Hebrew Charitable Burial Ground

Hebrew Charitable Burial Ground

Rededication Event: Sept. 22, 2013


Introductory Remarks
By Stan Kaplan, Executive Director,
Jewish Cemetery Association of Massachusetts

Stan Kaplan

"Good morning again. We are gathered here today to pay tribute to this sacred burial ground, the 2nd oldest Jewish cemetery in Massachusetts founded in 1851. For the better part of 100 years, this sanctuary had become forgotten space with no burials. With no burials, with virtually no visitors, with no one knowing the cemetery’s original name, with no one knowing who was resting here, it became an uninviting eyesore, and soon a vast and disturbing disconnect had blinded the community. Paralysis set in.

"For years, it was known as the Lebanon Street Cemetery or the Maplewood Cemetery named after its location. But after extensive research, we now know its original name: “The Hebrew Charitable Burial Ground.”
The Hebrew Charitable Burial Ground is the final resting place for more than 1400 decedents, mostly children 5 years of age and under, most without markers to tell us who they are or to tell us where they rest. They are truly the forgotten children of  Boston’s indigent immigrant Jewish community who suffered from malnutrition and poverty and who could not afford the cost of a burial site.

"Childhood diseases such as tuberculosis, measles, mumps, flu, whooping cough, polio, rubella, tetanus, and scarlet fever proved fatal for many of these forgotten children.

"But we now know who many of them are, we now know their names, we now know how old they were when they succumbed, and we even know what City or Town they lived in.

"We know that Sarah Seaman was the first child to rest at The Hebrew Charitable Burial Ground. Sarah was born in 1852 to Herman and Rachel Seaman of Boston. Interestingly, both parents were born in Holland. Sarah died at home at 17 Rochester Street on July 9, 1852 of “murasmus,” or severe malnutrition. She was only two years and 15 days old. We don’t know where she is resting on the cemetery.

"We know that Isaac Ehrenreich was the second child to rest at The Hebrew Charitable Burial Ground. Isaac was born in Boston in 1854 to Maier and Mariana Ehrenreich, both of whom immigrated from Germany. Isaac died on April 16, 1855 of “convulsions” at the age of one year, two months. At the time of Isaac’s death the family lived on Carver Street just south of Boston Common.


"Lastly, Hannah Weil, born in Boston in 1873 to Isaac and Rosetta Weil. Her parents originated from Prussia. Hannah died on May 28,1874 of eclampsia (convulsions) at the age of one year, three months. For a number of years the family lived on Fayette Street in the area now known as Bay Village between the South End and Chinatown. We don’t know where she is resting on the cemetery.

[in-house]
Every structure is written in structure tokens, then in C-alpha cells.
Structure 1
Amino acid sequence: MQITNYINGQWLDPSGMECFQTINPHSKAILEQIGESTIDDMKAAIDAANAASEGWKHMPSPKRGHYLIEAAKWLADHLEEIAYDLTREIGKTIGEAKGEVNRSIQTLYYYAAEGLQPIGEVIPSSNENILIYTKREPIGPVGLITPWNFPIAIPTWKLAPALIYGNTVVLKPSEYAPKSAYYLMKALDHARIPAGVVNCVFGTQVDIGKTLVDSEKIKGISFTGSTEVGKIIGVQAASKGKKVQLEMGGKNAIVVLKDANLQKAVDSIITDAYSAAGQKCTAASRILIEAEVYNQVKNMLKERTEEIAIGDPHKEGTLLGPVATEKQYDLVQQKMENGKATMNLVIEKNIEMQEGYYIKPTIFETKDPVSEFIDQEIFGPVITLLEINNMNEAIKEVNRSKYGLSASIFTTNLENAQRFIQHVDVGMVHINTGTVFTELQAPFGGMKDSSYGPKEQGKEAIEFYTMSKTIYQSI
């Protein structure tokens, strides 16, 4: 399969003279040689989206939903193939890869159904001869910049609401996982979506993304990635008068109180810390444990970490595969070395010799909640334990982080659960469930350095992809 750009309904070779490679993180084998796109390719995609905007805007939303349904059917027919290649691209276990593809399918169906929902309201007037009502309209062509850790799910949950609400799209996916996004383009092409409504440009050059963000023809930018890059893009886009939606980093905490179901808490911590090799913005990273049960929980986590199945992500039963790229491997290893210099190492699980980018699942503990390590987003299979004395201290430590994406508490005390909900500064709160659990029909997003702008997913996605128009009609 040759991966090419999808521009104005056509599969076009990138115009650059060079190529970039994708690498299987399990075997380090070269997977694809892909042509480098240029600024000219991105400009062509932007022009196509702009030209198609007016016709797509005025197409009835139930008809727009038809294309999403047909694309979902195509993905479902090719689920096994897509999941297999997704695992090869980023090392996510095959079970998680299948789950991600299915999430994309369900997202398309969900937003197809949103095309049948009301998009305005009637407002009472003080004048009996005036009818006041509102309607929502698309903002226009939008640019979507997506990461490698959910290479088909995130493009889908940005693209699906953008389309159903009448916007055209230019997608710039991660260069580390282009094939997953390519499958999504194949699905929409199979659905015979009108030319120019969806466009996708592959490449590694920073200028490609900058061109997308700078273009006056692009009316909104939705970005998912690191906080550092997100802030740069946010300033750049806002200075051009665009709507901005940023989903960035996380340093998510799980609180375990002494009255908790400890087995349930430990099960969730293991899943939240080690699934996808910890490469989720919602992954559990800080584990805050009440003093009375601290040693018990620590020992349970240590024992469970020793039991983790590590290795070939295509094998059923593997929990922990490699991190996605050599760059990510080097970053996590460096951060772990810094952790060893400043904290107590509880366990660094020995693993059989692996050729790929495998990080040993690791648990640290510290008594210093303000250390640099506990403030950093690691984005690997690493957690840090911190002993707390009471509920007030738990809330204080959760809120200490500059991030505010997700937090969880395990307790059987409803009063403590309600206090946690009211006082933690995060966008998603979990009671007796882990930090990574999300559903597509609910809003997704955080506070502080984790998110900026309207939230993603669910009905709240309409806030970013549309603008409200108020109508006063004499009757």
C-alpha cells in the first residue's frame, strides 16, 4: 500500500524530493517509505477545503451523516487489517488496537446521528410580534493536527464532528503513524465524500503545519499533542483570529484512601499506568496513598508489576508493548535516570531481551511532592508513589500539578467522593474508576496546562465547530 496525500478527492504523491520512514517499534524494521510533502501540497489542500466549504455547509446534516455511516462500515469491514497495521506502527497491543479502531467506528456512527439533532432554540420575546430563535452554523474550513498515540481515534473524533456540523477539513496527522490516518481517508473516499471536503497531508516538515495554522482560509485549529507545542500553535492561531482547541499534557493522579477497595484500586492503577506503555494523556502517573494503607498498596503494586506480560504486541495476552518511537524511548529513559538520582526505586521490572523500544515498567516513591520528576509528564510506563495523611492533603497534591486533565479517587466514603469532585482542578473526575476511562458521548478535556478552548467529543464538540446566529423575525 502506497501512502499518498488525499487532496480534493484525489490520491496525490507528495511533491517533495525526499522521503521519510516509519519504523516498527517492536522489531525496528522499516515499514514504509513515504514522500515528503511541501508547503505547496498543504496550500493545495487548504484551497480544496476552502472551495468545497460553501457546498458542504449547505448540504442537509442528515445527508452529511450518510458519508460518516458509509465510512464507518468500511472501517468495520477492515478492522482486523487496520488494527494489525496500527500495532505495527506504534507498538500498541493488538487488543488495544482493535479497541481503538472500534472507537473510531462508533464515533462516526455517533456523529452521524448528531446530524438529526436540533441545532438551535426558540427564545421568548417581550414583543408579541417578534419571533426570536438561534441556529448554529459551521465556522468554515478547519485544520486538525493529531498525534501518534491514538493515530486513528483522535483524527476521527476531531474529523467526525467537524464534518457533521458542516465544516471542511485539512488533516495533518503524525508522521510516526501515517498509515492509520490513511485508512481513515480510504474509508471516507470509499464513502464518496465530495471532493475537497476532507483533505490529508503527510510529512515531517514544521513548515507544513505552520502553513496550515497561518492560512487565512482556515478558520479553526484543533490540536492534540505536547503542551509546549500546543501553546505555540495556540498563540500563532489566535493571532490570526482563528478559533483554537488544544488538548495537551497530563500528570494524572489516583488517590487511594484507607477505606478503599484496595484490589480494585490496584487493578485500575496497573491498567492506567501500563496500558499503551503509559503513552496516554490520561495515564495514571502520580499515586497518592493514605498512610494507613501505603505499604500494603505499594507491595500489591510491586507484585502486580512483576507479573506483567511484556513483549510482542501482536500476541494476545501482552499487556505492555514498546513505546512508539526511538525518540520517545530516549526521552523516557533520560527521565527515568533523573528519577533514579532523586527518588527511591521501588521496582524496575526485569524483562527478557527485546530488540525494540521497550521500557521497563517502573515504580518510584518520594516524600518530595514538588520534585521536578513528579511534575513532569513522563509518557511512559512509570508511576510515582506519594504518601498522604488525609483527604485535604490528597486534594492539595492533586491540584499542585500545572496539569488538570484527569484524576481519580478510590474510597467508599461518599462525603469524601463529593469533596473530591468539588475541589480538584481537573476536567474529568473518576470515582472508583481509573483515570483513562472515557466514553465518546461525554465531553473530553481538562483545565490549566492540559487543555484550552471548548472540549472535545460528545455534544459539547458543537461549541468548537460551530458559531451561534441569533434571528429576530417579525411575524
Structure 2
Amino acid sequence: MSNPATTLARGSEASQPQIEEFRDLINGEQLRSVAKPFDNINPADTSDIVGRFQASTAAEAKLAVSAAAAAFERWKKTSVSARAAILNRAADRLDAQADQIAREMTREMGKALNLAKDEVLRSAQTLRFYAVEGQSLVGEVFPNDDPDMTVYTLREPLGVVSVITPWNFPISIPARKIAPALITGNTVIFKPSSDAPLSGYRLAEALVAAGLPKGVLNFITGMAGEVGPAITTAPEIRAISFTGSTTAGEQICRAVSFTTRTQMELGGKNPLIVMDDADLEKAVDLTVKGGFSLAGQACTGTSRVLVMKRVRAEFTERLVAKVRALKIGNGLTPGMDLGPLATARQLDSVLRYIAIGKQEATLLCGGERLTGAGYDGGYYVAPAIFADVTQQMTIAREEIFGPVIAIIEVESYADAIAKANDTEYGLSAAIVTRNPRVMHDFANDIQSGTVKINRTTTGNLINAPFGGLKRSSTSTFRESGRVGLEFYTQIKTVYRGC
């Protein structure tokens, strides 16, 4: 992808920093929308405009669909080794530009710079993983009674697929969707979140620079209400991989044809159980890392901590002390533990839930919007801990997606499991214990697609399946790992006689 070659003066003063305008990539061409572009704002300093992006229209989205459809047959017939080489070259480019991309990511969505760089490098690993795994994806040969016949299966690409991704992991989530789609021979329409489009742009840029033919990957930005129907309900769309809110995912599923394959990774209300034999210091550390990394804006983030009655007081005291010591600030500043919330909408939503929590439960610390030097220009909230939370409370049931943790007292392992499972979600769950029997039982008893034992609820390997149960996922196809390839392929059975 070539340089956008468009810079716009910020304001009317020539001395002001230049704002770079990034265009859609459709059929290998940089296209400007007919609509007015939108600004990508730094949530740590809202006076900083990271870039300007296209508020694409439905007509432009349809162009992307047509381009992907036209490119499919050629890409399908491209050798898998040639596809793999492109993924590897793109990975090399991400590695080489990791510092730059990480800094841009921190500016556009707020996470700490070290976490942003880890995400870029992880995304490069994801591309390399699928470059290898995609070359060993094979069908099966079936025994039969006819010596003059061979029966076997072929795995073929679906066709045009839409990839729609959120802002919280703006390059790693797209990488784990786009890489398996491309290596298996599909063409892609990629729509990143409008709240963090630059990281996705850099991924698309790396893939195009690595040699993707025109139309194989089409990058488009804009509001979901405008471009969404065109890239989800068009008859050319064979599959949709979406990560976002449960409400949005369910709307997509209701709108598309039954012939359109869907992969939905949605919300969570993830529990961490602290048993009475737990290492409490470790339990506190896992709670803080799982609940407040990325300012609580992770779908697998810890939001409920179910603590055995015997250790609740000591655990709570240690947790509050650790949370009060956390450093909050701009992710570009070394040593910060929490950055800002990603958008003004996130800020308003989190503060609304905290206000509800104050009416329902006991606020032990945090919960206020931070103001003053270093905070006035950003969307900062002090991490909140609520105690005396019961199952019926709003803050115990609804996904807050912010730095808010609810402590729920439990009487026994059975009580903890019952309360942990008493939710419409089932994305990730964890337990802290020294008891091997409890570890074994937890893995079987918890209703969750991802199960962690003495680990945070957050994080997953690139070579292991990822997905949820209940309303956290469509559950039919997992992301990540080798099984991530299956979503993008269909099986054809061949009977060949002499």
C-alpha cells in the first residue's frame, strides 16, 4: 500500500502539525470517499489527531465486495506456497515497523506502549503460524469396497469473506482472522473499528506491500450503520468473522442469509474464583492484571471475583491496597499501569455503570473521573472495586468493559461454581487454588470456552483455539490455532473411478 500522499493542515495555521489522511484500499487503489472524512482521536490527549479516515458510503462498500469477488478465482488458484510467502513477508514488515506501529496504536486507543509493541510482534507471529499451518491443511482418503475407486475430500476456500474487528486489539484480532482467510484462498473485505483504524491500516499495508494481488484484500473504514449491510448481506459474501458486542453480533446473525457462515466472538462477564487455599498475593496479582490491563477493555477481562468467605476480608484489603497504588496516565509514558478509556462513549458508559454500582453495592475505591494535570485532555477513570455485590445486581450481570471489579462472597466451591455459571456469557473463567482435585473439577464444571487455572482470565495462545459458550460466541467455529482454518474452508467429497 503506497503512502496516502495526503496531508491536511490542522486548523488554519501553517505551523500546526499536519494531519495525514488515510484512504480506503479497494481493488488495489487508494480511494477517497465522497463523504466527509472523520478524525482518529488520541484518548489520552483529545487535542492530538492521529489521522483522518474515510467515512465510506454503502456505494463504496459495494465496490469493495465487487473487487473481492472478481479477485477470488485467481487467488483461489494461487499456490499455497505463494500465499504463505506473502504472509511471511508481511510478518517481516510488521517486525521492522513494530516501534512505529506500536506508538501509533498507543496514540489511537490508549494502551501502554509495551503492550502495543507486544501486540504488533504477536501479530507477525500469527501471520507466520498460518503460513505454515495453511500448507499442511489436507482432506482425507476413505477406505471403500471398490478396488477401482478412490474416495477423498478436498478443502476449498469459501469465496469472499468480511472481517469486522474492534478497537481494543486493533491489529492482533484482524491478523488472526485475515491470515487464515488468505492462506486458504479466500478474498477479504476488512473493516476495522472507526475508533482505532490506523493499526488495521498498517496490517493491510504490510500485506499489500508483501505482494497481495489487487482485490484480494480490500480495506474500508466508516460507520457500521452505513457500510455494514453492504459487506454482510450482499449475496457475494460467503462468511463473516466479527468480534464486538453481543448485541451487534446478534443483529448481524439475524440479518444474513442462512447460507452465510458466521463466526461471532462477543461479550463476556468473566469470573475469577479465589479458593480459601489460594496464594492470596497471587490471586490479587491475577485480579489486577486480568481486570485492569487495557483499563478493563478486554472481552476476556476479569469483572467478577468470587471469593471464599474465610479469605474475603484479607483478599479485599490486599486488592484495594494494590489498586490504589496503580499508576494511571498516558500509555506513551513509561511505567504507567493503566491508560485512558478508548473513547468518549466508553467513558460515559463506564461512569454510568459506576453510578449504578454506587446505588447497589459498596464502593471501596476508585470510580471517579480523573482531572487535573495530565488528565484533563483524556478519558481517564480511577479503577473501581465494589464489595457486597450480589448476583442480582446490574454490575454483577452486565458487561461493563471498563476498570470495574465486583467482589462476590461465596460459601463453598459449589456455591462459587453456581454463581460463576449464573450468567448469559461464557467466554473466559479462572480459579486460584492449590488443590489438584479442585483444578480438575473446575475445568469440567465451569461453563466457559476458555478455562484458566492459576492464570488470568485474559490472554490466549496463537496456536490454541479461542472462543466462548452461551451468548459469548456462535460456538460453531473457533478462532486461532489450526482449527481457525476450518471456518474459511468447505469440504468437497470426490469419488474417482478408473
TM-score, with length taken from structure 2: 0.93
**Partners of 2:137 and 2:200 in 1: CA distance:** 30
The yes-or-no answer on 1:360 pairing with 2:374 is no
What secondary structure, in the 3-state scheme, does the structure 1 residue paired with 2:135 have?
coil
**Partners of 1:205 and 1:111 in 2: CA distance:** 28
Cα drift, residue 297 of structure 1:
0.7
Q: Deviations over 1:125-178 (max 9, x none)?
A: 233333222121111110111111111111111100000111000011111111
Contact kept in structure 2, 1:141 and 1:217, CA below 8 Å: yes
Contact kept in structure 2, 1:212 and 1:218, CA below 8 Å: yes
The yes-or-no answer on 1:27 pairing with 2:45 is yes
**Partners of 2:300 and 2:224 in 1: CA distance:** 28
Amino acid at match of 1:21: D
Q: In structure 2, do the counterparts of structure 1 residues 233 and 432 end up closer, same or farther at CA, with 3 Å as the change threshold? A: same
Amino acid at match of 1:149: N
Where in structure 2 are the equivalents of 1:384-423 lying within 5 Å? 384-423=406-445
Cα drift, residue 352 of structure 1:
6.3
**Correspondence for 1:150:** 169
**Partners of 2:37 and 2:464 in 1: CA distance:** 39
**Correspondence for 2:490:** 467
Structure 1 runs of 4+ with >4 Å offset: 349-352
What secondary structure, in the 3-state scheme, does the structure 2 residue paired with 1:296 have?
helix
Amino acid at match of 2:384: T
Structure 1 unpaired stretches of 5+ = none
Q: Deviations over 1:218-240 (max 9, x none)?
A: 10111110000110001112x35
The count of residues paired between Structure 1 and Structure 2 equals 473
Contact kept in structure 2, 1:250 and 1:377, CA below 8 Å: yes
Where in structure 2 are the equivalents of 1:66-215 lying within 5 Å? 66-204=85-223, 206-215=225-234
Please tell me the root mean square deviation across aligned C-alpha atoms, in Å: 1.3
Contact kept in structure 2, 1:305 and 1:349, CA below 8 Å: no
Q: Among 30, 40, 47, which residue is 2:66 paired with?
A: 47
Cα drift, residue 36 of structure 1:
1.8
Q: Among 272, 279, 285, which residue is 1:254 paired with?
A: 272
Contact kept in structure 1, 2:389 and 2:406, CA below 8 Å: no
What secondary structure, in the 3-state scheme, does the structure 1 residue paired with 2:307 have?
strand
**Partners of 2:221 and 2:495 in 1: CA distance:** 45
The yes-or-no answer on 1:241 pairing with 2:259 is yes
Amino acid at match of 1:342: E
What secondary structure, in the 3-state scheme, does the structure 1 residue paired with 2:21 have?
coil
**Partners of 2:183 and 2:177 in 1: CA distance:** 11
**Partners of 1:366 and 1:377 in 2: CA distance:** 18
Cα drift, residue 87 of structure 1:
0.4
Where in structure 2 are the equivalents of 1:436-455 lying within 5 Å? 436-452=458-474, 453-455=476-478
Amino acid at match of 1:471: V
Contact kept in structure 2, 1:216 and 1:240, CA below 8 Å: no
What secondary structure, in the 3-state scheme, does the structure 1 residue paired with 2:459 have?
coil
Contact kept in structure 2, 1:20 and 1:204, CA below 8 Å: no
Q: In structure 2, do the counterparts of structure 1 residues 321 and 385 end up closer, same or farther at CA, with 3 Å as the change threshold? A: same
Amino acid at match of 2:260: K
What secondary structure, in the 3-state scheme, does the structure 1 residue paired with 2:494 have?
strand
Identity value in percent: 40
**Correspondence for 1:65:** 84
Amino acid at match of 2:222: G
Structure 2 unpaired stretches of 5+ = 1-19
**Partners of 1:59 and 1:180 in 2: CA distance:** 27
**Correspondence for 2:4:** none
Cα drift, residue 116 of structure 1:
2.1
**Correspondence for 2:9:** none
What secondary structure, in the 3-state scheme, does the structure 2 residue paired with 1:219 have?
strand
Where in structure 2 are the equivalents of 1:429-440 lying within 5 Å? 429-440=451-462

Sculpture of Forgotten Children

There are more than 1,200 children (under 20 years old) buried at the Hebrew Charitable Burial Ground in Malden, MA – most without a marker or headstone.

You can honor their memory by sponsoring a brick that will line the walkway through the cemetery.

Click here to see a full list of the children under 20 resting at the cemetery.

"Each child has a story to tell, one as fatally tragic as the other.

"A little more than a year ago, Malden’s own Barbara Tolstrup from Malden Access TV and a Board member of Malden’s Historical Commission, embarked on a mission to tell the story of this historic cemetery.” After viewing the resulting video, my eyes suddenly opened. What I saw was a rundown, undignified resting place that JCAM had pledged to preserve! It was that documentary that thrust JCAM into action. We had been complacent for far too long. The restoration, the dignified renewal you see here today is a result of that awakening! Thank you Barbara Tolstrup and Malden Access TV."


Closing Remarks:

"So this is both a story of charity and a story of redemption. By paying tribute to those who came before us, we dignify our lives too. They are a part of us, we are a part of them…and so the covenant passes from generation to generation. Being here today reflects on that Jewish tradition dating back to biblical times.

"The Hebrew Charitable Burial Ground is forgotten no more! As a symbolic symbol of this remembrance, a member of Temple Tifereth Israel of Malden has collected 1400 visitation memorial stones in honor of the 1400 children resting here. We welcome you to leave a visitation stone on any memorial brick or monument in the cemetery. These stones are available at the entrance of the cemetery.

"In closing, please permit me thank several other instrumental City officials who were so helpful to us in planning for this event. Malden Police Chief Kevin Molis, Malden Police Captain Kevin Sheridan, Malden Department of Public Works Director Bob Knox, and Administrative Officer to the Mayor, Kathleen Manning-Hall.

We really appreciate your courteous and professional support."



Also see:

Sander Rikleen's Comments on the history of Jewish Cemeteries in Massachusetts and Jewish Culture


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